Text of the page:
Part 1: Installation – How To Install And Set Up Koha For Schools
Koha, an integrated library system, is one of the best open source projects I know. We use it in our school and teaching materials library. It is used by many schools, universities and libraries all over the world. It has a lot of features and you can configure and customize it very flexibly. However, there is one disadvantage: If you have not had much to do with libraries up to now, the entry is rather steep, not so much in Koha, but in the bibliographic data format MARC21, which is why I would like to show in this series of articles how to install and set up Koha for schools.
The first part deals with the basic installation of Koha and the establishment of a first library.
This article is part of a series:
- Installation and Setup of a First Library
- The Bibliographic Framework
- Basic Settings
- Printing Labels
- Circulations and Fines Rules
- Connecting to a Z.39.50 / SRU Server
- Notifications and Reminders
- Overdue Notices and Fees
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Koha is a web application so we need a web server. This can be your own computer, a virtual machine or a Linux container. In this example we will use an LXD container with Ubuntu 20.04, but any other computer with Debian or Ubuntu will work.
First we add the package sources and the corresponding key for Koha:
$ echo deb http://debian.koha-community.org/koha stable main | sudo tee /etc/apt/sources.list.d/koha.list $ wget -O- http://debian.koha-community.org/koha/gpg.asc | sudo apt-key add -
After that we have to update the package sources once:
$ sudo apt update
Now we can install Koha and the database server:
$ sudo apt install koha-common mariadb-server
To make our database server more secure, we can change some settings with the following command:
$ sudo mysql_secure_installation
Except for the first question all questions can be answered with Yes (“Y”). A root password should be set!
Before setting up Koha, we need to make some basic settings in /etc/koha/koha-sites.conf. It is a question of determining the domain under which Koha and OPAC (the website where the user can search the library and login to their account) can be reached later. It is composed as follows:
- OPAC: library.domain.tld
- Koha-Intranet: library-intra.domain.tld
To do this, we open the file and change the following parameters:
- DOMAIN – here we enter the main domain, e.g. “.my-school.org”.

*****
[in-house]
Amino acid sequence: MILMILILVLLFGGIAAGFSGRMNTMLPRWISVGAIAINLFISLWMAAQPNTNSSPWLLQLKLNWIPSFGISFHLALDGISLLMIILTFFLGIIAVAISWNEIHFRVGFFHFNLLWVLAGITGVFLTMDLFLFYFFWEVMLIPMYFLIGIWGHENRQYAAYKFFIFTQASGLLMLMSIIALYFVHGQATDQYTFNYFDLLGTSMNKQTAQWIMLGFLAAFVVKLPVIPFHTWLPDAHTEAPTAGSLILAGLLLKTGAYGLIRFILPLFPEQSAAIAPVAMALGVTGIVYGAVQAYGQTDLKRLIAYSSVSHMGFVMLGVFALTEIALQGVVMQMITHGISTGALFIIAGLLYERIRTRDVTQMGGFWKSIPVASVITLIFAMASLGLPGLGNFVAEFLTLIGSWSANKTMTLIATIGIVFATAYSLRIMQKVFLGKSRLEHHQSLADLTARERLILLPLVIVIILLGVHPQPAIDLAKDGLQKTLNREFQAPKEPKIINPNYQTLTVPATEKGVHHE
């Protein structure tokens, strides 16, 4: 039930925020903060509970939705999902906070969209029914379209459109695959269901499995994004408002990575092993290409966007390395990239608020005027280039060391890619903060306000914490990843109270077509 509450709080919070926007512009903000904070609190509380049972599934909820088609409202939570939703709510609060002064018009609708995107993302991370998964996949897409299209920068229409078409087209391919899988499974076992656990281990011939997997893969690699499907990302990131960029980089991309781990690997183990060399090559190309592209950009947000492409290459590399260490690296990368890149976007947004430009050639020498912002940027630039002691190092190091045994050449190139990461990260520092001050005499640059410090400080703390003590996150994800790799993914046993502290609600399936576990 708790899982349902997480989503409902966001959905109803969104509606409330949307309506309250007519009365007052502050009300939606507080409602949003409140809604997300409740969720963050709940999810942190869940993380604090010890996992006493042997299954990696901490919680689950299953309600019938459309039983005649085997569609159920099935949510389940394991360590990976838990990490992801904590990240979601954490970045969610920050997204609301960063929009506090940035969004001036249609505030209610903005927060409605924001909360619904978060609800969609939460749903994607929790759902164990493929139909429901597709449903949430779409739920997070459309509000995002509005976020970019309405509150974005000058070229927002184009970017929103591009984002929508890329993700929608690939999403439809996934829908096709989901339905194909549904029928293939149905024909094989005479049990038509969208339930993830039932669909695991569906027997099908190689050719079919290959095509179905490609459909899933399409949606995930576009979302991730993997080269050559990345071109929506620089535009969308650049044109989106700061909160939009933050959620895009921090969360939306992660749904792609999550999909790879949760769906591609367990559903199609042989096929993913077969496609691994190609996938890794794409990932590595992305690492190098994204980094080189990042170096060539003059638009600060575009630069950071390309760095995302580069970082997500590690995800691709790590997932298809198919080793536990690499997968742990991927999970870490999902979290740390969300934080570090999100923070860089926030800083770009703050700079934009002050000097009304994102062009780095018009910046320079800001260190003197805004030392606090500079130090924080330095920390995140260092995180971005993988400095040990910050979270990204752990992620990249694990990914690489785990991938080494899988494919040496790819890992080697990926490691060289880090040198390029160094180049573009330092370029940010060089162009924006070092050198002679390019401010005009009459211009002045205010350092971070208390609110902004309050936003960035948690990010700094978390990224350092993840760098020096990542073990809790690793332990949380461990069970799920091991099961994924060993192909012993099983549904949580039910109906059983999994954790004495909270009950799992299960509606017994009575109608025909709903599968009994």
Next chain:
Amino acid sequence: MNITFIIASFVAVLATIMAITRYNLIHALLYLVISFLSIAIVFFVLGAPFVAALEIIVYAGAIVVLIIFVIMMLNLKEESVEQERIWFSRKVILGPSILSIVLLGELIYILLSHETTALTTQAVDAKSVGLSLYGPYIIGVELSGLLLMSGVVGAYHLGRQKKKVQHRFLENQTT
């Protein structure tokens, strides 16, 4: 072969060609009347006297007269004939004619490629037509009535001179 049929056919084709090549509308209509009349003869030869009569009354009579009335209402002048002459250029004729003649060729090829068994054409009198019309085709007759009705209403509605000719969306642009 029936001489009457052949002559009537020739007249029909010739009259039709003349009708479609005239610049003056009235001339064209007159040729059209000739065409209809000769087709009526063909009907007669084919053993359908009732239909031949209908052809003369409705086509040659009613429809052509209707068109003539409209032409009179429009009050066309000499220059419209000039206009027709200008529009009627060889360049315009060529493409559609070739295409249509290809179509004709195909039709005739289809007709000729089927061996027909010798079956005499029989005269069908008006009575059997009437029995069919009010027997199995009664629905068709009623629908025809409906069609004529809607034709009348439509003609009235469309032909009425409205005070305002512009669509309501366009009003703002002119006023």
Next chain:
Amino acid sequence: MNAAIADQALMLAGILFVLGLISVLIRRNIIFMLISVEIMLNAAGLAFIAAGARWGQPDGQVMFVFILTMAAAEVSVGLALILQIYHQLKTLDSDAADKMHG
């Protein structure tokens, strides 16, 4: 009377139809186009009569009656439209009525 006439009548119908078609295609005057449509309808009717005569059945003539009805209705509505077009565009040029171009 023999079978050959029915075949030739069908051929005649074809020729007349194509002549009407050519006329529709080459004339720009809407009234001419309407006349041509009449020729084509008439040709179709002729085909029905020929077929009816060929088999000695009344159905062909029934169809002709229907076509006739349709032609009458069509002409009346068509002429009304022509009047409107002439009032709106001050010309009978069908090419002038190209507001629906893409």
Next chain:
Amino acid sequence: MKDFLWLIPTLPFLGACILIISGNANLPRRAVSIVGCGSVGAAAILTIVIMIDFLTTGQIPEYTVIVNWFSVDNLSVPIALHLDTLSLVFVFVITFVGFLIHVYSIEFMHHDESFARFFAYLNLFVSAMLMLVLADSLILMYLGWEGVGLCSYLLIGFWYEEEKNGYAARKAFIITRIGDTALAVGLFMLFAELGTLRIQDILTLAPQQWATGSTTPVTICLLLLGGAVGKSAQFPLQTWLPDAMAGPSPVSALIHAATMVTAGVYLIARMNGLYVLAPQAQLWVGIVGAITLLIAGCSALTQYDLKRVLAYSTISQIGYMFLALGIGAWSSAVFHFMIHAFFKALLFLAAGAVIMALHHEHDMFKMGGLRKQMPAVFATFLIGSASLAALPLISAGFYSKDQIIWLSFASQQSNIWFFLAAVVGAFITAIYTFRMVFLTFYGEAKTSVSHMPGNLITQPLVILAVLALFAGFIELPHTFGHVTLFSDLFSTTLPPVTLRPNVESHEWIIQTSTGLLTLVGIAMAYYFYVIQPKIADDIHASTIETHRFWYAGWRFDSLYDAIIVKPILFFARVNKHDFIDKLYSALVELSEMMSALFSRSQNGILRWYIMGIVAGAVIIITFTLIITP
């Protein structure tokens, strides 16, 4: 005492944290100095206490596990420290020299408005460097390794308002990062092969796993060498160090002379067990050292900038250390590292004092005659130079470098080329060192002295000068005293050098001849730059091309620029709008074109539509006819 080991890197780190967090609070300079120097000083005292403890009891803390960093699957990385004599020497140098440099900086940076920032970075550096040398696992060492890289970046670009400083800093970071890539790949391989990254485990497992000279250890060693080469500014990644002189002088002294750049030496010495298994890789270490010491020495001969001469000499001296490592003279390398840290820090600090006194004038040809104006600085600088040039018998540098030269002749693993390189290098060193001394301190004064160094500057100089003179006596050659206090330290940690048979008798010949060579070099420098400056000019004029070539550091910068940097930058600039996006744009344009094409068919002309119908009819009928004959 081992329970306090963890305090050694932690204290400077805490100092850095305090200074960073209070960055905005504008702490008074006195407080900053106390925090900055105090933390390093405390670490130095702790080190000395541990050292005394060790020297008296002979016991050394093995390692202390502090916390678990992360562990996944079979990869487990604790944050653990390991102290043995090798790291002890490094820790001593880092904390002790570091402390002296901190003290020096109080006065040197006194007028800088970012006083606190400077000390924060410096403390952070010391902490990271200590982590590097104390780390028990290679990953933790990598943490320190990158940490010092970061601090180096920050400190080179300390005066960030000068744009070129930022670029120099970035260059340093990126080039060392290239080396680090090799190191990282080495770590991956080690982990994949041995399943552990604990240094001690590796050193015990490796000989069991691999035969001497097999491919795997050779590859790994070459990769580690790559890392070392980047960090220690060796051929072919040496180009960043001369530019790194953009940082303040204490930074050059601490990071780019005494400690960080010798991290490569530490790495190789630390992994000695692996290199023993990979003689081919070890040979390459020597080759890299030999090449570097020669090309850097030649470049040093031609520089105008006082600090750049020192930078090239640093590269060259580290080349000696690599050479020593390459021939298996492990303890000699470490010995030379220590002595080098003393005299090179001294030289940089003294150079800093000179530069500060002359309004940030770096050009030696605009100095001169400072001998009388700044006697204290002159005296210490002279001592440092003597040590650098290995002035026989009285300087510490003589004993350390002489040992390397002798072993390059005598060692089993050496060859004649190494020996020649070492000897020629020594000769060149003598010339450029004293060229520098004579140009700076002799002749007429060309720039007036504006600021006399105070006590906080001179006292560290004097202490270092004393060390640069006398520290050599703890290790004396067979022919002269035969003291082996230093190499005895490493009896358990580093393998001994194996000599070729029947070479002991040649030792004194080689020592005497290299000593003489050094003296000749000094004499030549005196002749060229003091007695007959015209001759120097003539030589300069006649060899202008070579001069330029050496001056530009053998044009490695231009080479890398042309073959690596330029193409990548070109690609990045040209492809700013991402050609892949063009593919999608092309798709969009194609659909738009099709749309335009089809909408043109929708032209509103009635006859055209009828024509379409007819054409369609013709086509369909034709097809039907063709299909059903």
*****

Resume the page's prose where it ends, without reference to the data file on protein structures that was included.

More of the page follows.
- INTRASUFFIX – default “-intra”, e.g. library-intra.my-school.org
$ sudo nano /etc/koha/koha-sites.conf
Afterwards we activate some web server modules, so that Koha can be reached later:
$ sudo a2enmod rewrite $ sudo a2enmod cgi $ sudo systemctl restart apache2
Install Language Pack (optional)
We can install a language package in this way (e.g. German):
$ sudo koha-translate --install de-DE
Later, both the Web Installer and Koha are available in German. To list all available languages use this command:
$ sudo koha-translate --list --available
Create Library Instance
With Koha we can create and manage multiple libraries. But so far there is no one, so we have to create one first.
$ sudo koha-create --create-db library
If Koha should be accessible later at library.my-school.org, we have to use library as library name.
Next, activate the new configuration for the web server and restart it:
$ sudo a2enmod deflate $ sudo a2ensite library $ sudo systemctl restart apache2
In order to reach the web installer we need to enter the IP and domain name either in our DNS server or locally in the hosts file. In Ubuntu it is located at /etc/hosts. The IP can be found out with
ifconfig, for example.
$ sudo nano /etc/hosts ... 10.97.127.207 library.my-school.org 10.97.127.207 library-intra.my-school.org ...
Setting up Koha
Now you open the webinstaller here: http://library-intra.my-schule.org
The user is koha_libraryname. The password is obtained with the following command (adjust libraryname!):
$ sudo xmlstarlet sel -t -t -v 'yazgfs/config/pass' /etc/koha/sites/libraryname/koha-conf.xml;echo
In the next step we can select the language:
In the next steps, dependencies are checked, e.g. whether all Perl modules are available, the database tables are set up and a MARC format must be selected (MARC21 is the standard).